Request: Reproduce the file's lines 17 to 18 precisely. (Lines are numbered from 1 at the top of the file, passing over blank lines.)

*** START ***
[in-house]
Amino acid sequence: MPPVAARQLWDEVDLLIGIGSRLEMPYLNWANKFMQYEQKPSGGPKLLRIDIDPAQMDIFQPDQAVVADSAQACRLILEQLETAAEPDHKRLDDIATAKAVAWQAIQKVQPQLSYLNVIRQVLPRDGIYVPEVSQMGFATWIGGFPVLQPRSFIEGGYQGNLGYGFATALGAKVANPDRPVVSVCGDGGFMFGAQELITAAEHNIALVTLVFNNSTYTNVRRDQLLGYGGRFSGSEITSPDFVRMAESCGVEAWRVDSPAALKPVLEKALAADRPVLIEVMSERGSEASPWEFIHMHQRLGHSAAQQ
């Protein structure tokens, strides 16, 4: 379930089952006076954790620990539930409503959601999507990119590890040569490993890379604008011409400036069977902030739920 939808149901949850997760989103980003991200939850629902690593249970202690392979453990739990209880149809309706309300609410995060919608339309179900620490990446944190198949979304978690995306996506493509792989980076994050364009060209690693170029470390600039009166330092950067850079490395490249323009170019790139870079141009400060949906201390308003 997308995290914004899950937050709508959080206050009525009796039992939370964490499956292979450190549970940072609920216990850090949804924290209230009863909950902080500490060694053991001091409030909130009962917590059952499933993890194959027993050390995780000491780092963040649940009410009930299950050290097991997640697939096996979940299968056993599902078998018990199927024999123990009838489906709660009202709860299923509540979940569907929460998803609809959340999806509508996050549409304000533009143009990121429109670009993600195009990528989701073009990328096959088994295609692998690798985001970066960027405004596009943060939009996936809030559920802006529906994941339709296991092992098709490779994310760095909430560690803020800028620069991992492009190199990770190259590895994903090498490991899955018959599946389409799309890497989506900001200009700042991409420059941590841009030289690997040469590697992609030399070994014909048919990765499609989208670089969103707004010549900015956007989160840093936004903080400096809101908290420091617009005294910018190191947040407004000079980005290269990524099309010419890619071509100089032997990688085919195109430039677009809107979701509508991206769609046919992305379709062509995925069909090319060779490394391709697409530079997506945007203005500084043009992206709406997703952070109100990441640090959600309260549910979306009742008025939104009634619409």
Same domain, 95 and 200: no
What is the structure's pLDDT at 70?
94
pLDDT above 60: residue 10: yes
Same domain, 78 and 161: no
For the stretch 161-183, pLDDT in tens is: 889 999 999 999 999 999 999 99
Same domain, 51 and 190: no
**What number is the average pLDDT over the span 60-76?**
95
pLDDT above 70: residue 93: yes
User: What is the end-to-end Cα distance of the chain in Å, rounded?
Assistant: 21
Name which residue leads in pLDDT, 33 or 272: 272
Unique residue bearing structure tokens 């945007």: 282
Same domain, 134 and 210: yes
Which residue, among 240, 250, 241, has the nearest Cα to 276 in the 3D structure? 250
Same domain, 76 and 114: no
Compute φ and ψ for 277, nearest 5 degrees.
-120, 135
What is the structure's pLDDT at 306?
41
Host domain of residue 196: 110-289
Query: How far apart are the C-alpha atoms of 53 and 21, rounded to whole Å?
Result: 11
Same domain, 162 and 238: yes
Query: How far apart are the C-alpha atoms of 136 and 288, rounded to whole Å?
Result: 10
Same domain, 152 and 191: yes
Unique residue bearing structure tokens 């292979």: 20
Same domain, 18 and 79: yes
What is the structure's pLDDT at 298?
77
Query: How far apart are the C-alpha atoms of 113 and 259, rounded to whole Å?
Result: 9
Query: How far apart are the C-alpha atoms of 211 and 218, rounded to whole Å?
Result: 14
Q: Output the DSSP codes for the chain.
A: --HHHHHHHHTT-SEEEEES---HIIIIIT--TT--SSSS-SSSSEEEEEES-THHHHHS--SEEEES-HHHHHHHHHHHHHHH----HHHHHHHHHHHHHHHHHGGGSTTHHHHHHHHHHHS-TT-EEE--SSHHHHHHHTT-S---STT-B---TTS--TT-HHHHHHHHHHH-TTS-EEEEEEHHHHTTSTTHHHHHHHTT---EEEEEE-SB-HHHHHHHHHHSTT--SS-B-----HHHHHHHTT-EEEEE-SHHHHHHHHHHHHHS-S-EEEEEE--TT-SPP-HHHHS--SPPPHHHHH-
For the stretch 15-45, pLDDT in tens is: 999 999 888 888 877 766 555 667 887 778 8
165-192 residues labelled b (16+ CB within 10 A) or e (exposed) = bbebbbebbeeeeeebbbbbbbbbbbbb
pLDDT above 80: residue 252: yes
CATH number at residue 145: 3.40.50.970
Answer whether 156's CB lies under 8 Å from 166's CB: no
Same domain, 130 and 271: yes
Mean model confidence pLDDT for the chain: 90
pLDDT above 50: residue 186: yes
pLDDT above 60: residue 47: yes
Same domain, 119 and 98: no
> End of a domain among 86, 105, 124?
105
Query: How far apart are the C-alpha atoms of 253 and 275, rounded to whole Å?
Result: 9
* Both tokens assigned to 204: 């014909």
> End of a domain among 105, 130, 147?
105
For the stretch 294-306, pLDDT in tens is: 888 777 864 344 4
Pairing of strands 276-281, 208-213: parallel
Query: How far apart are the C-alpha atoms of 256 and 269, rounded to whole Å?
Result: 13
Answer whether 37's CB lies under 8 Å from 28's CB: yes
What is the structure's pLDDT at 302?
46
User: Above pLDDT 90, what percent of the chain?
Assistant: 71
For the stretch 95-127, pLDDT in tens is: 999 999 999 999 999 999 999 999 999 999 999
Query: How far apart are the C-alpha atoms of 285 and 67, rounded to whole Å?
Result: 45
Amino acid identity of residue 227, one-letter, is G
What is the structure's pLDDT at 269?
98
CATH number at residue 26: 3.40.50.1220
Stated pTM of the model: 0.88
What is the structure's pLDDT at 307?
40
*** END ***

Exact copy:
Unique residue bearing structure tokens 């945007």: 282
Same domain, 134 and 210: yes